“Concise, engaging history charmingly told by an expert on Japanese culture, who loves the city and knows its neighbourhoods well. Helpful guide to important leaders and notable places in Tokyo history that will delight both armchair travellers and visitors to the city.” – Alisa Freedman, author of Introducing Japanese Popular Culture
“…a volume on the city that offers more than a guidebook while remaining compact.” – Times Literary Supplement
Apparently, A Short History of Tokyo, the updated paperback edition of my 2018 Armchair Traveller’s History of Tokyo, is out now.
She read forbidden pamphlets, printed by the revolutionary overseas Chinese organizations in distant Japan, and she wrote The Song of the Precious Sword, in which she accused China of being in a coma. China, she wrote needed to wake up and remember its great past. It needed to listen to the tolling of the bell signified by the “white devils” who occupied Beijing. It needed people like her to risk their lives, pick up swords, shining brighter than jewels “in the light of the sun and moon.”
There! There it was, a sun-moon reference to the lost Ming dynasty – a clarion call to rebels. And if that were not clear enough, the song included a call for suicidal resistance, recalling the infamous assassination attempt on the man who would become the First Emperor.
Don’t you recall Jing Ke’s visit to the court of Qin? / When the map was unrolled, the dagger appeared! / Although he failed to stab him there in the palace / He still managed to rob the evil tyrant of his soul!
Qiu Jin sometimes liked to use a pen-name meaning the Woman Warrior of Mirror Lake, likening herself to a wandering heroine from a fantasy novel. Her writings obsess constantly over swords, using terminology lifted from heroic romances. She idolized the Song dynasty hero Yue Fei, writing at least two songs of her own to the tune of his The River All in Red:
My body will not allow me / To mingle with the men / But my heart is far braver / Than that of a man.
It was in Beijing that Qiu Jin stopped wearing make-up and started attending protests in men’s clothes. Arguing with her wastrel, abusive husband, who wanted to take a concubine for himself, she walked out on him and their two children. “I have pawned my hairpins and my rings,” she wrote, “to travel across the ocean.”
The author Lu Xun, then a young medical student in Japan, witnessed her brandishing a knife before a crowd of Chinese ex-pats and telling them they could stab her with it if she bowed to the Manchus. Qiu Jin published several short-lived magazines and polemic articles in Japan, working towards a theory of revolution that argued that China’s men had failed, and that the country could only become strong again through the education and liberation of its women. Alluding to the medieval feminism of Empress Wu, she wrote that women in ancient times were fully the equals of men. Referring to Uncle Tom’s Cabin, then a hit in translation among Chinese literati, she compared the status of women in China to that of Negro slaves in America.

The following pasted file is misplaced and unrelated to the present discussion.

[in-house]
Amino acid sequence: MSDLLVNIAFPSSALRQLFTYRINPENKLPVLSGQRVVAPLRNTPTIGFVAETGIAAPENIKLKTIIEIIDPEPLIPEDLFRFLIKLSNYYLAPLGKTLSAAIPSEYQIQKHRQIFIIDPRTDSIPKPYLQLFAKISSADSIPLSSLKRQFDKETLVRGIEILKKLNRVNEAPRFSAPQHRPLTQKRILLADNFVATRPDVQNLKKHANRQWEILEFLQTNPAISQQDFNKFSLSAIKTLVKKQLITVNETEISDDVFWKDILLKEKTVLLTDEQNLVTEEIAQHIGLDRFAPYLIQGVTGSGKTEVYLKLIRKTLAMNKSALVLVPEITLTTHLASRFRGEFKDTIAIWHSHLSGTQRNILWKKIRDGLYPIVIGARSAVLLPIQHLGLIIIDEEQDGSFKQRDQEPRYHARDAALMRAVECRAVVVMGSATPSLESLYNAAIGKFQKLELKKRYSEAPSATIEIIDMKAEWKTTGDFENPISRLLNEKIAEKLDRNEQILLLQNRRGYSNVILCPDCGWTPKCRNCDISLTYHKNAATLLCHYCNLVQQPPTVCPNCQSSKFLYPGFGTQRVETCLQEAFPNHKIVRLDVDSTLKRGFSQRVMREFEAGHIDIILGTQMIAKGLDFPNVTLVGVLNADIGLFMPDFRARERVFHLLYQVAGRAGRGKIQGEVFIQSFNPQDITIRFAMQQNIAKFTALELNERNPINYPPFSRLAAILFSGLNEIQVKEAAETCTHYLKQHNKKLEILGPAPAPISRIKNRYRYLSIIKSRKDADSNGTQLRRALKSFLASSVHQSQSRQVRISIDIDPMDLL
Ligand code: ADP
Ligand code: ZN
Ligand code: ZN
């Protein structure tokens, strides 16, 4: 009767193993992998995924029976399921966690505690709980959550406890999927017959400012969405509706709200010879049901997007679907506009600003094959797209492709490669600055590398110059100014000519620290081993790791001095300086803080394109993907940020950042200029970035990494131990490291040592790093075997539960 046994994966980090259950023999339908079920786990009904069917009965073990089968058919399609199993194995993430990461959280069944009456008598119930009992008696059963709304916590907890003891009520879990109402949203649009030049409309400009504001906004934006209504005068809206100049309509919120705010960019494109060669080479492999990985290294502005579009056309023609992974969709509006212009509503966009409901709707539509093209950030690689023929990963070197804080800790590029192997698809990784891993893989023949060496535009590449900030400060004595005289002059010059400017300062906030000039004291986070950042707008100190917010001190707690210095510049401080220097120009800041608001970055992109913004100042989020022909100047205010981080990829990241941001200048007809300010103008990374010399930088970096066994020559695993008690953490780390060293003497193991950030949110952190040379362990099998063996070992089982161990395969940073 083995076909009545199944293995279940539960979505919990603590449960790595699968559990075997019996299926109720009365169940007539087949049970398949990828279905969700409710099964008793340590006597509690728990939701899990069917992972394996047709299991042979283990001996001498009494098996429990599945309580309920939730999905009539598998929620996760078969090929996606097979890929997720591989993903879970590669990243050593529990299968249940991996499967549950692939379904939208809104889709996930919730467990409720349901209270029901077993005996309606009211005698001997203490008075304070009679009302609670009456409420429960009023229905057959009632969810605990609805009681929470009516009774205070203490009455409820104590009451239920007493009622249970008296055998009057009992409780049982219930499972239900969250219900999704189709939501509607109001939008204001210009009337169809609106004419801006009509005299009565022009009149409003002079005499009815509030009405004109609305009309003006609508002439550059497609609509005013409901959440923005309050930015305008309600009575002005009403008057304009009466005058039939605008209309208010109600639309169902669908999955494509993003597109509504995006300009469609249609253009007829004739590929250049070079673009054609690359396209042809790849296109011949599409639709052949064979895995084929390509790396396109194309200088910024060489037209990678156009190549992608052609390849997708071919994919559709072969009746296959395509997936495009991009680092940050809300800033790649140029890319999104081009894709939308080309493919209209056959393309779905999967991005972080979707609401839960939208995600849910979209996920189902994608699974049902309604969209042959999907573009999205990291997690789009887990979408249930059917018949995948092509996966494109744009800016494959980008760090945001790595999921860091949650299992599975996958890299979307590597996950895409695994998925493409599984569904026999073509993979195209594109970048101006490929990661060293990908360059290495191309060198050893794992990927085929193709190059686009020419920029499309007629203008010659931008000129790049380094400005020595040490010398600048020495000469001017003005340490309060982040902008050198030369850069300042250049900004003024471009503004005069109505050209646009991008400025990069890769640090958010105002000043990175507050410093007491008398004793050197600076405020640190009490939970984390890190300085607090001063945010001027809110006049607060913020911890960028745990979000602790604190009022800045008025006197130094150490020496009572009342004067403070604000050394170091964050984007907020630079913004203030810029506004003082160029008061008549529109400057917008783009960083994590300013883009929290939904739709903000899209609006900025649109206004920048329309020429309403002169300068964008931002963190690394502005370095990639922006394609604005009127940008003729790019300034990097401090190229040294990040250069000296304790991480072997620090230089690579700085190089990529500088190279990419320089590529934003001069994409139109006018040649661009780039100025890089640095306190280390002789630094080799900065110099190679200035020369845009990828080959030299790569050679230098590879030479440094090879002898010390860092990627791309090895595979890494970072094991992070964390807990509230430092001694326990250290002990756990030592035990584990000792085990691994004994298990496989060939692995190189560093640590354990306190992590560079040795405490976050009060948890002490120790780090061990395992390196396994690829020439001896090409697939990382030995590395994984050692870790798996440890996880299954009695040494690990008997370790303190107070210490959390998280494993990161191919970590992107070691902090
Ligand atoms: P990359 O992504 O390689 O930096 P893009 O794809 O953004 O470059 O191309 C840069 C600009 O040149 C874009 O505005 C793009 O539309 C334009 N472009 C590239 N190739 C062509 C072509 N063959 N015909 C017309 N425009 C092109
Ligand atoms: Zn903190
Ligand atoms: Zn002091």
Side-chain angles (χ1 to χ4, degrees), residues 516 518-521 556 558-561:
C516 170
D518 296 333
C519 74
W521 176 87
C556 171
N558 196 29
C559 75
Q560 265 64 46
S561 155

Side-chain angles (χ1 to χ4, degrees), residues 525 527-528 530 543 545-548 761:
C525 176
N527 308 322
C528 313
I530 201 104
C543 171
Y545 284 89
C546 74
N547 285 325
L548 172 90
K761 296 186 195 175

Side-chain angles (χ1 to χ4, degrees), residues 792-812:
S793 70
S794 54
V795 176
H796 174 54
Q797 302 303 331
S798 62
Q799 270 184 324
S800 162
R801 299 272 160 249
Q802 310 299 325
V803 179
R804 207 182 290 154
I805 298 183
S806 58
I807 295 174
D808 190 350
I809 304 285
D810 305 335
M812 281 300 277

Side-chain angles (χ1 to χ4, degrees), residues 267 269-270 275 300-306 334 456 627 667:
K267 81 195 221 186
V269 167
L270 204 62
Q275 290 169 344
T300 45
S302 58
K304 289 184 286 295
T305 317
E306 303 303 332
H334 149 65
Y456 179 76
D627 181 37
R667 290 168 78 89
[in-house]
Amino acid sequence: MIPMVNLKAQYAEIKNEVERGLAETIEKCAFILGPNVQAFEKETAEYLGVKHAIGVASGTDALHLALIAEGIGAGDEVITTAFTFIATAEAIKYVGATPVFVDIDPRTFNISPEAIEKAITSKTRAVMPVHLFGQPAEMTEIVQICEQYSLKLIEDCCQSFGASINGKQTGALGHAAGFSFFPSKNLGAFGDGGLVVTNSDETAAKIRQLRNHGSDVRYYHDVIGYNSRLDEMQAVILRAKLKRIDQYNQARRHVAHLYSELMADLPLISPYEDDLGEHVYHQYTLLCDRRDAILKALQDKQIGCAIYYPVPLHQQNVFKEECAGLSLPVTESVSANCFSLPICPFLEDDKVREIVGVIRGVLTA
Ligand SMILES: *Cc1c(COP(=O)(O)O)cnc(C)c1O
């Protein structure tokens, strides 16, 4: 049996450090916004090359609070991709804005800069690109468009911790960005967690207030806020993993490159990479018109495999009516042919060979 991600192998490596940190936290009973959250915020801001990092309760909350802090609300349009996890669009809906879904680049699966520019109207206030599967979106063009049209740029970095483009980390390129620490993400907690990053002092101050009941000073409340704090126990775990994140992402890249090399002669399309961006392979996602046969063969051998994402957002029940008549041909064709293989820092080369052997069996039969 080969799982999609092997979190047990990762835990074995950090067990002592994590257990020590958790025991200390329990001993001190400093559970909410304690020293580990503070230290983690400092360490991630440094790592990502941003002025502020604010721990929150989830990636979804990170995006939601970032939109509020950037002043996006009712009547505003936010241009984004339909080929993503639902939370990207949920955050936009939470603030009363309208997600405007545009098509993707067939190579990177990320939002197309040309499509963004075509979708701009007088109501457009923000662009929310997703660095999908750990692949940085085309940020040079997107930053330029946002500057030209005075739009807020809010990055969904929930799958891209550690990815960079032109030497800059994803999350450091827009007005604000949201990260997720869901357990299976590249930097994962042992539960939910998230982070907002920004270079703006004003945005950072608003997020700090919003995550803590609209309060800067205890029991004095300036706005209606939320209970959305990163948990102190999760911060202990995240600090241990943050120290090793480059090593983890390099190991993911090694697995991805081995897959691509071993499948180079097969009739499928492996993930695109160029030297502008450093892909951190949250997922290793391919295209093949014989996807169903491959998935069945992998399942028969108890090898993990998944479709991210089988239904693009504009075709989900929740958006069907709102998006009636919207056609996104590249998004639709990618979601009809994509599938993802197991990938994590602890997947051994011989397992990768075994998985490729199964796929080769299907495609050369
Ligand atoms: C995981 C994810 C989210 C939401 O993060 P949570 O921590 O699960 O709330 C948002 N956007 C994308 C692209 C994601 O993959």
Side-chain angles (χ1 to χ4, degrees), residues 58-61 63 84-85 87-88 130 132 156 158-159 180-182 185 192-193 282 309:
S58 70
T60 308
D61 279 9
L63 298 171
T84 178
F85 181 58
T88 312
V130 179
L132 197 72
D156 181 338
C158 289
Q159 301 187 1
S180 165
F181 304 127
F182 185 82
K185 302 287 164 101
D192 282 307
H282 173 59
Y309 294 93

Women, she said, had to stand up, and that involved unbinding their feet from centuries of oppression. “These… shoes,” she wrote, “condemn us to inaction. This must change!”
In Japan, Qiu Jin began work on an epic poem, Stones of the Jingwei Bird, a reference to a drowned princess, reincarnated as a bird, who drops pebbles one by one into the sea in a vain attempt to fill it. A powerful, on-the-nose allegory of China, it was set in a fantasy realm, whose ancient Yellow kings had once been great men, but whose descendants were increasingly somnolent and distracted, and whose modern successors were in a state of permanent slumber. Their ministers were befuddled and myopic, prepared to bow to the throne even when a foreigner sat on it, looking only to their own self-interest, and pointing at “primitive books” that justified “keeping women in fetters and ensure that they remained stupid.”
Foot-binding, she wrote, was merely the most obvious, painful, pointless hobbling of women in Chinese society, and Chinese society could not see that by holding back its womenfolk – from education and liberation – it was holding back its own ability to resist foreign oppression. And in her fictional allegory, the Queen Mother of the West, ancient Daoist deity, sent a divine squadron of “golden lads and jade maidens” to study in Japan and return to China to save it from itself.
She returned to China, travelling third-class, dressed as a man and wearing a sword for protection. She was fulsome in her praise for Japan, which had proven the power of modernization by winning the Russo-Japanese War of 1904–5. Back among her friends in Shanghai and Shaoxing, she encouraged them to get drunk and perform sword-dances. In 1907, she accepted the post of principal of the Datong School for Girls, where her students would sing lyrics like her Lament for China:
So why do we find it impossible to surpass these white men?
It is because we are locked in a prison of darkness…
Qiu Jin blamed white men for China’s troubles, but she also blamed men in general for ruining women’s potential. In particular, she blamed the Manchus – the symbol of her rebel organization was the character Han, asserting a desire for return of Chinese rule to the Chinese.
From A Brief History of China, by Jonathan Clements.